The Best Alcohol Substitutes for Cooking

Whether you're avoiding alcohol or just don't have any on hand, you can still make your favorite dishes without sacrificing flavor. Read on to learn how.

Extra-Virgin Cooking

Eliminating wine and spirits doesn't mean you have to toss out the culinary classics. Here are eight easy switch-outs to help you omit the hard stuff yet stay true to a recipe's flavor when making everything from fondue to fruit cobbler.


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Instead of white wine, try … lemon juice. This citrus offers the same light, bright acidic hit you get from a crisp white. Dilute it with a little water or chicken broth, and use it in place of wine wherever it's called for in your recipe.


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Instead of red wine, try … grape or pomegranate juice plus a splash of red wine vinegar. The juice will lend a similar deep tannic sweetness to a bold red, and the vinegar will deliver the bite that brightens everything up.

Cobblers and Pies

Instead of bourbon or whiskey, try … prune juice. That raisin-y sweetness that deepens the flavor of desserts can be evoked with a splash of something plummy.

Au Poivre Sauce

Instead of cognac, try ... peach, apricot or pear nectar. Though cognac is made from white grapes, the sediment-y, fruity quality of these juices mimics the effect that cooking with brandies has on a pan sauce.


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Instead of mirin or sake, try … rice vinegar. These rice-based wines can add a sweet and salty quality to dishes, and so does rice vinegar, which is also derived from (surprise!) rice.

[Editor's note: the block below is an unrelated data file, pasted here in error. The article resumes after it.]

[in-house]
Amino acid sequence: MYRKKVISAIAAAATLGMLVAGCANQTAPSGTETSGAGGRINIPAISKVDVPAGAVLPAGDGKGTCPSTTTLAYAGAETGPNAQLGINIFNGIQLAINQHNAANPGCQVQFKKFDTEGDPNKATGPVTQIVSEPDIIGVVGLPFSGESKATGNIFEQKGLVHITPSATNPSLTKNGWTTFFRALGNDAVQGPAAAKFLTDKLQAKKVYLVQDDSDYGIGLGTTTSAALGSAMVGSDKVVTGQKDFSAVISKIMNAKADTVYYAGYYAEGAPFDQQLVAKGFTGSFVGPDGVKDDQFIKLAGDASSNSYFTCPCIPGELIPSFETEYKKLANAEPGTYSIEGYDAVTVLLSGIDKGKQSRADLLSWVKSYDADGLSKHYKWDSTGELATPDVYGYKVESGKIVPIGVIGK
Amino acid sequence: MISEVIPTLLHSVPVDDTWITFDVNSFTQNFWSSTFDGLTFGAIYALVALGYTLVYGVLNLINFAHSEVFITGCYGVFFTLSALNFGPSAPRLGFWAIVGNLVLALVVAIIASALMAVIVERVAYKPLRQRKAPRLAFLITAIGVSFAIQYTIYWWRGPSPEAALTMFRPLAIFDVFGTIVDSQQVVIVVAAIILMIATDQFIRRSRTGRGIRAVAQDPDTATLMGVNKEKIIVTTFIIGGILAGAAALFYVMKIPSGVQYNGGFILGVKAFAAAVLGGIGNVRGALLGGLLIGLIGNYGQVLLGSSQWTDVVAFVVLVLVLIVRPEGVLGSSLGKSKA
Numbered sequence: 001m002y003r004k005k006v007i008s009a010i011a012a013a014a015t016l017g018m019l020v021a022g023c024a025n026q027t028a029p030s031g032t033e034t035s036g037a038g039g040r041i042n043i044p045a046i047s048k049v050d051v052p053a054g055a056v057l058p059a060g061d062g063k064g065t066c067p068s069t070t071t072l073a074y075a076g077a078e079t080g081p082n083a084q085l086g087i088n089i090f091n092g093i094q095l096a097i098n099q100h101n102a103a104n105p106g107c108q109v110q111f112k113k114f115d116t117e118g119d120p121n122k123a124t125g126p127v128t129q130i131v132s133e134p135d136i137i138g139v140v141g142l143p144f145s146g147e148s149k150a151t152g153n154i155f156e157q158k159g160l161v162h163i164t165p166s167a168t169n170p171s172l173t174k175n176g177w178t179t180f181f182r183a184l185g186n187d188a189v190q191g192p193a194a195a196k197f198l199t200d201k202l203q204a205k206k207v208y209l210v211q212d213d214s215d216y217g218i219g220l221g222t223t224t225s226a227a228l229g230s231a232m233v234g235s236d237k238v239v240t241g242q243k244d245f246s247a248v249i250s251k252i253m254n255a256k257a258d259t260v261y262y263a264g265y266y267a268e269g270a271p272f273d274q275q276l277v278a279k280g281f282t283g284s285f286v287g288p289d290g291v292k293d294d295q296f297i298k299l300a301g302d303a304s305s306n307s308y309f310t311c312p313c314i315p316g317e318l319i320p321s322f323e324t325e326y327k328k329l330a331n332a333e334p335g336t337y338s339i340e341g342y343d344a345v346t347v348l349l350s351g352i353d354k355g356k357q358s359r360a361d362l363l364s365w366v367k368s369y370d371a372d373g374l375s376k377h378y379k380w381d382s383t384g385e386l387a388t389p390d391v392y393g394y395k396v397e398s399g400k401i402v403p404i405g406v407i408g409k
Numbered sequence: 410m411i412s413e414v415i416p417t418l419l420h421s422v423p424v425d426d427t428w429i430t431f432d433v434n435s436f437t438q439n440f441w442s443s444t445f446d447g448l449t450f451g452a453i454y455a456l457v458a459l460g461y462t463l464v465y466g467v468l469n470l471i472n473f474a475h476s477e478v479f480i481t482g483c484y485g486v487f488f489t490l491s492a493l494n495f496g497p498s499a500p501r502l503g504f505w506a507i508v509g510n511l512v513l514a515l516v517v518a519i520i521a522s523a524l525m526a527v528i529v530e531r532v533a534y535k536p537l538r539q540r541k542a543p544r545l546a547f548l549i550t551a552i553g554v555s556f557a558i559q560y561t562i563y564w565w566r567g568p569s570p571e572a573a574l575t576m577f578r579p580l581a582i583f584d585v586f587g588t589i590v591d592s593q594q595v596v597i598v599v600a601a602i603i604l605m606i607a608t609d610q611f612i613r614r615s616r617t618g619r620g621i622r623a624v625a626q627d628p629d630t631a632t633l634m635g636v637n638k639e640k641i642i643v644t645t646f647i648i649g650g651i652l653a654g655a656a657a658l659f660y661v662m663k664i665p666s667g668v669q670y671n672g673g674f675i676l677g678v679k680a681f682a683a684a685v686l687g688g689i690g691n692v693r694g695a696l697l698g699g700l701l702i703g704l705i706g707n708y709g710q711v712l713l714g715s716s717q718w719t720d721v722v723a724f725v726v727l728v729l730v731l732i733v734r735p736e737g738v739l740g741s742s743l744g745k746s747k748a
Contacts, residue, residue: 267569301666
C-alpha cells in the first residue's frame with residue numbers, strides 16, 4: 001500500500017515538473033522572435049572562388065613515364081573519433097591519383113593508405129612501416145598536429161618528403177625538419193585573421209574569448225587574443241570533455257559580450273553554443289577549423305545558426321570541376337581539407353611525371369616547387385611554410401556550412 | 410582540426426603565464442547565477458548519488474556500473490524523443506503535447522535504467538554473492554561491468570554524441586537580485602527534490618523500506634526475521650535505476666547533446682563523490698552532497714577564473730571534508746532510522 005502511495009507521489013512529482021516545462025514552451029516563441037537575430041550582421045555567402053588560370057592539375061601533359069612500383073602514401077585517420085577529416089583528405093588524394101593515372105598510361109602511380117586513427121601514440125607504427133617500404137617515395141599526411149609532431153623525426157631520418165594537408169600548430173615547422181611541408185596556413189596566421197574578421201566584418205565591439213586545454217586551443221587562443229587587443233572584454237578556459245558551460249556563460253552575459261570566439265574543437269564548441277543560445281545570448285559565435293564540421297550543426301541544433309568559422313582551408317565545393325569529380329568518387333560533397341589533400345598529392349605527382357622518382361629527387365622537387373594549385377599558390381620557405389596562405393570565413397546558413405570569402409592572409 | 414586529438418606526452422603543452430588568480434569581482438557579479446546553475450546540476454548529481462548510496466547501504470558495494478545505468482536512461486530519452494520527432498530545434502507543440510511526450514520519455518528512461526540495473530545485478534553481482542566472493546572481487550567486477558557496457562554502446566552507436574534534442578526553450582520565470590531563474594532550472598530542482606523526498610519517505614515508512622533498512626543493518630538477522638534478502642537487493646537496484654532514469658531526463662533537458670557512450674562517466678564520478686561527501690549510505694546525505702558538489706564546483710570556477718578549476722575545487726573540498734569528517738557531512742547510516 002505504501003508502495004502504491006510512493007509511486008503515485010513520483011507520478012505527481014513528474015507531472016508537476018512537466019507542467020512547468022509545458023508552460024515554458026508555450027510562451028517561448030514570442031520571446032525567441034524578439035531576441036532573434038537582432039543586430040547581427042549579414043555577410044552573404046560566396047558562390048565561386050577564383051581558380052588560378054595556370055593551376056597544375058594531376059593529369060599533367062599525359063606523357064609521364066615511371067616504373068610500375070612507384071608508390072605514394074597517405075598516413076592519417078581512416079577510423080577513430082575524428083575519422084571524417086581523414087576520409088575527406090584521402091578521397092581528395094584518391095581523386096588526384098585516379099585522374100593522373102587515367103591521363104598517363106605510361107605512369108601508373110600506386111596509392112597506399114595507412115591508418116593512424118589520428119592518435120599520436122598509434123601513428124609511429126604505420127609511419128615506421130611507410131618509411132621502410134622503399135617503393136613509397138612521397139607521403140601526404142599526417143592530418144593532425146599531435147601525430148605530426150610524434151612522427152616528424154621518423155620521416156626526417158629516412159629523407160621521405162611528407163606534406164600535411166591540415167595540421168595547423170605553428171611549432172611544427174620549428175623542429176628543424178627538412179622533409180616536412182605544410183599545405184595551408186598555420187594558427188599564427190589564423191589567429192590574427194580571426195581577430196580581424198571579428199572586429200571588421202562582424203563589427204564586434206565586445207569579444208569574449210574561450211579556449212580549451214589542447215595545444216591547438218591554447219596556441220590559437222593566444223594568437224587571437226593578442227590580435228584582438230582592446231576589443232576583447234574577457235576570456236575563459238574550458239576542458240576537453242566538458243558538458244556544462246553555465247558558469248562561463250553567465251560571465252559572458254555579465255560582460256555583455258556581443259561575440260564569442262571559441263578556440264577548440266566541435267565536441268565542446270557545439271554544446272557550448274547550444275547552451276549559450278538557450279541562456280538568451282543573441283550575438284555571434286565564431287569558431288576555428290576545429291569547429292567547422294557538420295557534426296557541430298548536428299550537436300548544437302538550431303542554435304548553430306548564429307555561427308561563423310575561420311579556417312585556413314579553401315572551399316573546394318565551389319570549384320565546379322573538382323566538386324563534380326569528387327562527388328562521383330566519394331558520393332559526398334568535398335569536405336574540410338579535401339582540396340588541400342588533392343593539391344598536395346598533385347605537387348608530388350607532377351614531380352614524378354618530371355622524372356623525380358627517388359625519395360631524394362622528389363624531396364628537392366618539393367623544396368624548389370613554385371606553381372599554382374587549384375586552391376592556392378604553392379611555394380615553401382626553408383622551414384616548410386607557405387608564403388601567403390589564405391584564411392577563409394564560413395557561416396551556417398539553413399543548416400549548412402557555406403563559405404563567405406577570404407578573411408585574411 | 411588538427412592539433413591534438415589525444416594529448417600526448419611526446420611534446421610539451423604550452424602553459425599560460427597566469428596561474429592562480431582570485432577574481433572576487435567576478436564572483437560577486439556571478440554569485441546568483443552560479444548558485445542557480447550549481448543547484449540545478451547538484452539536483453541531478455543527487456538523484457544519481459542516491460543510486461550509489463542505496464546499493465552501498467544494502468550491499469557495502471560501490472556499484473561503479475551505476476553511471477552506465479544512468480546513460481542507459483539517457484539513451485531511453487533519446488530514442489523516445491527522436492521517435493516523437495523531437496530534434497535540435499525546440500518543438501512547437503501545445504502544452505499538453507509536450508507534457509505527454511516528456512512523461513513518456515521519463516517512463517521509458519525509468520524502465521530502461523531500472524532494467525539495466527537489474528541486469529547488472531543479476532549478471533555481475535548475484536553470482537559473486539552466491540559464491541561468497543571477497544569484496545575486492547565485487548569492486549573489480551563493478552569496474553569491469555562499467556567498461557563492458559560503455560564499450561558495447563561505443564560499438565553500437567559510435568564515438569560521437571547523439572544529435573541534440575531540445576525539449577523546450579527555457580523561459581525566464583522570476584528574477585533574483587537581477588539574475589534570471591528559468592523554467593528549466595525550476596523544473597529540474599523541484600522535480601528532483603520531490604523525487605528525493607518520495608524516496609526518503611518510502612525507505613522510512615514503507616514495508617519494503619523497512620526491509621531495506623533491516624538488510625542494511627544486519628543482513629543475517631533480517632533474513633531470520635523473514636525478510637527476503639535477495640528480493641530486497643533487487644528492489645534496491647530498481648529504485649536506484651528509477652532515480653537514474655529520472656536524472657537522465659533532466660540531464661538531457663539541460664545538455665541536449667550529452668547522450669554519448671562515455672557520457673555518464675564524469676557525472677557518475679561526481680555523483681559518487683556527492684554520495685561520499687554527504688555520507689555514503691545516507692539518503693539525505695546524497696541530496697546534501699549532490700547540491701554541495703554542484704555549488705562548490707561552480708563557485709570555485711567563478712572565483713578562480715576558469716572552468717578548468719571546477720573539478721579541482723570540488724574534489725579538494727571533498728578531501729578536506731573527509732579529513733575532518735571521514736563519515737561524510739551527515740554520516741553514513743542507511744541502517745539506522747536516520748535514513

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Instead of kirsch, try … black cherry juice or syrup. That tiny, almost imperceptible hit of cherry that rounds out the cheeses so well will also work when it's alcohol-free.


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Frying Batter

Instead of beer, try … club soda or seltzer. In dishes like beer-battered onion rings, the bubbles will work their magic in a similar way.


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Instead of beer, try … clam juice or chicken broth with a splash of malt vinegar. You'll get a satisfying malty tang.


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Pan Sauce

Instead of port, try … balsamic vinegar. That deep, dark sticky-sweet flavor of an aged balsamic will be nearly indistinguishable from the flavor of fortified wine.


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Baked Sweets

Instead of vanilla extract, try … vanilla bean seeds. The paste you scrape from a vanilla bean is what gives vanilla extract flavor, after all. For a second, budget-stretching alternative, make vanilla sugar. Stick a scraped bean or two in a sealed canister of sugar. With time, the sugar will take on a warm, rummy fragrance and can be substituted for the granulated sugar in your recipe.


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Ultimate Wine Guide